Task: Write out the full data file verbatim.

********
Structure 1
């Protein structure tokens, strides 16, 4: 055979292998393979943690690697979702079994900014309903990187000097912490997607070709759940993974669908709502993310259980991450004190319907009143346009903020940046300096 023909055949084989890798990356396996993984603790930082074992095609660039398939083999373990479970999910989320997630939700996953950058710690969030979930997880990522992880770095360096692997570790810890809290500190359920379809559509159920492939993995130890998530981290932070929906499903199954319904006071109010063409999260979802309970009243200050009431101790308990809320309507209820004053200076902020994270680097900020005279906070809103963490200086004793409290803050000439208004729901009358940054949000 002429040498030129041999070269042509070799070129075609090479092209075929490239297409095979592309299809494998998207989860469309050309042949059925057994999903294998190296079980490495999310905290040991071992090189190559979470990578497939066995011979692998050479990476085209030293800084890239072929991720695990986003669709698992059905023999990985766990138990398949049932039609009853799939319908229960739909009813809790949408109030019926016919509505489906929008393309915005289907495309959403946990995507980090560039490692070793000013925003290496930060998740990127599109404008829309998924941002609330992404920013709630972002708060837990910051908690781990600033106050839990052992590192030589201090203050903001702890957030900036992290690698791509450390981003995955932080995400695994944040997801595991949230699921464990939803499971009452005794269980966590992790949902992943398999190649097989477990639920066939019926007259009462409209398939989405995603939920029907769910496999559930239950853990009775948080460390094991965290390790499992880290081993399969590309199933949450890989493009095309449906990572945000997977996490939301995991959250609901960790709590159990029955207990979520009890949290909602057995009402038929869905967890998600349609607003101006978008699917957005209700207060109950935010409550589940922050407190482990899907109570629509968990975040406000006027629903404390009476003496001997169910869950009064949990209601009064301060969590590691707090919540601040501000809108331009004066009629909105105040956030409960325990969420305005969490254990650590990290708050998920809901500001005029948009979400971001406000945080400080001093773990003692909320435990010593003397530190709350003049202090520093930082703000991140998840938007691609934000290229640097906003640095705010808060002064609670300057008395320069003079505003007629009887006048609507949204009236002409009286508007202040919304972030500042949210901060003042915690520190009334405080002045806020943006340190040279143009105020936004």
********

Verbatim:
Structure 1
């Protein structure tokens, strides 16, 4: 055979292998393979943690690697979702079994900014309903990187000097912490997607070709759940993974669908709502993310259980991450004190319907009143346009903020940046300096 023909055949084989890798990356396996993984603790930082074992095609660039398939083999373990479970999910989320997630939700996953950058710690969030979930997880990522992880770095360096692997570790810890809290500190359920379809559509159920492939993995130890998530981290932070929906499903199954319904006071109010063409999260979802309970009243200050009431101790308990809320309507209820004053200076902020994270680097900020005279906070809103963490200086004793409290803050000439208004729901009358940054949000 002429040498030129041999070269042509070799070129075609090479092209075929490239297409095979592309299809494998998207989860469309050309042949059925057994999903294998190296079980490495999310905290040991071992090189190559979470990578497939066995011979692998050479990476085209030293800084890239072929991720695990986003669709698992059905023999990985766990138990398949049932039609009853799939319908229960739909009813809790949408109030019926016919509505489906929008393309915005289907495309959403946990995507980090560039490692070793000013925003290496930060998740990127599109404008829309998924941002609330992404920013709630972002708060837990910051908690781990600033106050839990052992590192030589201090203050903001702890957030900036992290690698791509450390981003995955932080995400695994944040997801595991949230699921464990939803499971009452005794269980966590992790949902992943398999190649097989477990639920066939019926007259009462409209398939989405995603939920029907769910496999559930239950853990009775948080460390094991965290390790499992880290081993399969590309199933949450890989493009095309449906990572945000997977996490939301995991959250609901960790709590159990029955207990979520009890949290909602057995009402038929869905967890998600349609607003101006978008699917957005209700207060109950935010409550589940922050407190482990899907109570629509968990975040406000006027629903404390009476003496001997169910869950009064949990209601009064301060969590590691707090919540601040501000809108331009004066009629909105105040956030409960325990969420305005969490254990650590990290708050998920809901500001005029948009979400971001406000945080400080001093773990003692909320435990010593003397530190709350003049202090520093930082703000991140998840938007691609934000290229640097906003640095705010808060002064609670300057008395320069003079505003007629009887006048609507949204009236002409009286508007202040919304972030500042949210901060003042915690520190009334405080002045806020943006340190040279143009105020936004």